Helping Patients with Behavioral Health Issues and Their Loved Ones Find the Support They Need

In the healthcare continuum, the term “behavioral health” can describe the connections between a patient’s behaviors and his or her physical, mental, and spiritual wellbeing. For health professionals, this means behavioral health is a component of treating any patient with any illness, condition, injury, or disease state.

Because doctors, nurses, therapists, and other health professionals want to offer the highest-quality care, a growing number of healthcare communities are offering integrated behavioral health and primary care to their patients.

Any serious illness can impact mental health, and managing mental health needs is a crucial part of the treatment process. The Affordable Care Act has made it possible for affordable insurance plans to cover a much broader array of behavioral health support care components. This will continue to be a big help in breaking down barriers to accessing behavioral health services.

Integrated Primary Care and Supportive Services

Since every patient is different, their needs for primary care services and behavioral health support are equally different. More specifically, each patient’s behavioral support is often a unique combination of counseling and medication.

The first lines of support to which health professionals can turn for patients are their own healthcare facilities. However, as an indirect result of the growing patient-centered medical home model of care, these integrated approaches to primary care and behavioral healthcare extend beyond healthcare facilities.

The patient-centered healthcare approach is not at all new. Today, organizations like the Agency for Healthcare Research and Quality (AHRQ), the Patient-Centered Primary Care Collaborative (PCPCC), and others have refined and further developed it.

The medical home model is based on the practice of coordinated care among healthcare teams that may serve patients wherever they may be and whatever are their needs. The result, so far, is that it has become easier for healthcare professionals to find behavioral health support outreach connections for patients and their families in a wide variety of guises such as:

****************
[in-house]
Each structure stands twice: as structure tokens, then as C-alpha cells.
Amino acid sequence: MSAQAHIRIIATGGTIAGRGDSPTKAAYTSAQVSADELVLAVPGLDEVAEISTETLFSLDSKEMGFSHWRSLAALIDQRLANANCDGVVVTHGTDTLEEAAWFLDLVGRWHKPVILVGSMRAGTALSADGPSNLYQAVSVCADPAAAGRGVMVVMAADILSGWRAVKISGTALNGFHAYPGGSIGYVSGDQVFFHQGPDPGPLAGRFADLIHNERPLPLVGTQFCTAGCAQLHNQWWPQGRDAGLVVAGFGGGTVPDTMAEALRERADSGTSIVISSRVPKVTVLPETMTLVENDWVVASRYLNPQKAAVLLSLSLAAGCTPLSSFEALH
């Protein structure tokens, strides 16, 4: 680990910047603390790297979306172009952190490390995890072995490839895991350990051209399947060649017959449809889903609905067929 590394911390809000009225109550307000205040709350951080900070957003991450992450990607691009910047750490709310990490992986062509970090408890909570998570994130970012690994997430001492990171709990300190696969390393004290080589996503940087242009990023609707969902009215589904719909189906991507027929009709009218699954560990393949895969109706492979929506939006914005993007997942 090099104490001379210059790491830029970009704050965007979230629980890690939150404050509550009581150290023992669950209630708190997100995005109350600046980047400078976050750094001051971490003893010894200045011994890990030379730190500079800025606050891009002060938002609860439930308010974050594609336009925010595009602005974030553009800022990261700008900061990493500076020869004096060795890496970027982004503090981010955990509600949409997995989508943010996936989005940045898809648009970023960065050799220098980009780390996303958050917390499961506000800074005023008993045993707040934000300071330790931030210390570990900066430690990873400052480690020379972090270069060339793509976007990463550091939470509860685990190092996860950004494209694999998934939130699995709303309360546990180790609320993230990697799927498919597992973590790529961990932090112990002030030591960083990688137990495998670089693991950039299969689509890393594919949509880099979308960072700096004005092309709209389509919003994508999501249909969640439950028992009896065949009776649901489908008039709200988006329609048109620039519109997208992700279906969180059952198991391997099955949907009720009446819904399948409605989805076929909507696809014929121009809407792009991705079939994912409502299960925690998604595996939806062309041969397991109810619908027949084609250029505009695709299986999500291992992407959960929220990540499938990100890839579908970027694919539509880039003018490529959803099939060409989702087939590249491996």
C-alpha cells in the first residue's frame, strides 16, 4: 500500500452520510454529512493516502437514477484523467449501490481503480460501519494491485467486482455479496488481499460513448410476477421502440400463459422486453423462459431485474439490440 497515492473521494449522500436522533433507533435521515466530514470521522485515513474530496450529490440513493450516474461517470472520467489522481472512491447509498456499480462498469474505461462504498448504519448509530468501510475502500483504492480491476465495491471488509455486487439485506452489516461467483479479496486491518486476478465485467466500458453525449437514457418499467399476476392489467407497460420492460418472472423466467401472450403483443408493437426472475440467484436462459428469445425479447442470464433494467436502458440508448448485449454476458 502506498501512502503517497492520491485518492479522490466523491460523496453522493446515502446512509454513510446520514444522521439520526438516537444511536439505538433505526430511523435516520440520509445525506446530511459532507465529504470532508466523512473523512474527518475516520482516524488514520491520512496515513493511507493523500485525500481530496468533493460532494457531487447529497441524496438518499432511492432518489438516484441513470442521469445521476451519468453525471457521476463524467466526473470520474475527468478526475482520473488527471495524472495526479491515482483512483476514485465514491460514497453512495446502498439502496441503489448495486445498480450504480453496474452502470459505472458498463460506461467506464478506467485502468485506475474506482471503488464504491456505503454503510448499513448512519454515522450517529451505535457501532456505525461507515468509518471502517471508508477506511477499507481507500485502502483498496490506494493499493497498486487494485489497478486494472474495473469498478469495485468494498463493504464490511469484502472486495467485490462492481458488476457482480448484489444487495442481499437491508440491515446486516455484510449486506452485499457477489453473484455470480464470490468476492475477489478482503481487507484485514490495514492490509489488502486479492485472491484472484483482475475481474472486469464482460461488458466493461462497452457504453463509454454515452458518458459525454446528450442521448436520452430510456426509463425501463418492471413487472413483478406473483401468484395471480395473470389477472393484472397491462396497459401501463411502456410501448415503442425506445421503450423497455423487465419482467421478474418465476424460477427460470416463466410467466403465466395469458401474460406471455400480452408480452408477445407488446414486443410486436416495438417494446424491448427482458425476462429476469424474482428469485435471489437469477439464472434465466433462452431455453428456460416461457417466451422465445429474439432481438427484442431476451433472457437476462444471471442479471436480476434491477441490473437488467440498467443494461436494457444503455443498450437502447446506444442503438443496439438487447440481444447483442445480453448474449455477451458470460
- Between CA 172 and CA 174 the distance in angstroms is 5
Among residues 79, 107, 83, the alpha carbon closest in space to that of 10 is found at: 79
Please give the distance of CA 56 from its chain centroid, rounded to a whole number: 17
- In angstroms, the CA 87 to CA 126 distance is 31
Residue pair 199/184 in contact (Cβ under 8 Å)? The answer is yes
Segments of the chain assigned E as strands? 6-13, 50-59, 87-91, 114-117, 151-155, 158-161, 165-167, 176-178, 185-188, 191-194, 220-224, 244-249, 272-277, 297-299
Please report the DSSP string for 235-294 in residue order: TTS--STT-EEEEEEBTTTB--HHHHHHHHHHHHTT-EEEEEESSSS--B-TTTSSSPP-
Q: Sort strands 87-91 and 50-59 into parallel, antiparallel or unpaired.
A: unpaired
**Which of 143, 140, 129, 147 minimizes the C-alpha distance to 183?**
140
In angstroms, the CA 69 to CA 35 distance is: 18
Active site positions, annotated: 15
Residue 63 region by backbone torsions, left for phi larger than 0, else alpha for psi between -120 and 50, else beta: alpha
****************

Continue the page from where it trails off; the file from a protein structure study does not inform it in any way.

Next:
• Hospitals
  • Inpatient service providers
  • Community health centers
  • Specialty community behavioral health centers
  • Community-based organizations
  • Substance use disorder rehabilitation programs
  • Mutual support groups and peer-run organizations
  • At home through tele-behavioral or home-based services

This also includes a variety of other community settings that may be too numerous to mention in one article.

Finding the Right Behavioral Health Support for Patients and Families

One can find individual and group counseling that seeks to change behaviors, thoughts, emotions, and how people see and understand situations in many of the aforementioned settings. Trained clinicians, such as psychologists, psychiatrists, social workers, and/or counselors, will oversee each.

Helping patients and their families find the behavioral health support they need is as critical to recovery as is physical treatment and management of chronic illnesses, injuries, and diseases. Health professionals can easily find support groups and organizations that work with mental health professionals online.

Every state in the U.S. has an online portal that lists available support organizations. By doing an online search for behavioral health organizations by state, health professionals who are new to or are working temporarily in an area of the country can find and explore resources that can be helpful to patients. There are also other resources like Mental Health America, which has chapters across the U.S. specifically for finding support groups for patients and their families living with a wide variety of behavioral health issues.

Every compassionate, dedicated, and informed healthcare professional understands that behavioral health interventions must go hand in hand with primary care treatment. By continually broadening their knowledge of behavioral health support resources, health professionals can live up to the ideals of the profession and help patients function better in order for them and their families to lead healthier, fuller lives


Disclaimer: General Healthcare Resources, Inc. does not specialize in assessing or treating behavioral health conditions. Any questions or concerns should be addressed by professionals found at your state’s behavioral healthcare agencies. You can locate said agencies by searching for them on the Substance Abuse and Mental Health Services Administration’s website.


Comments are closed.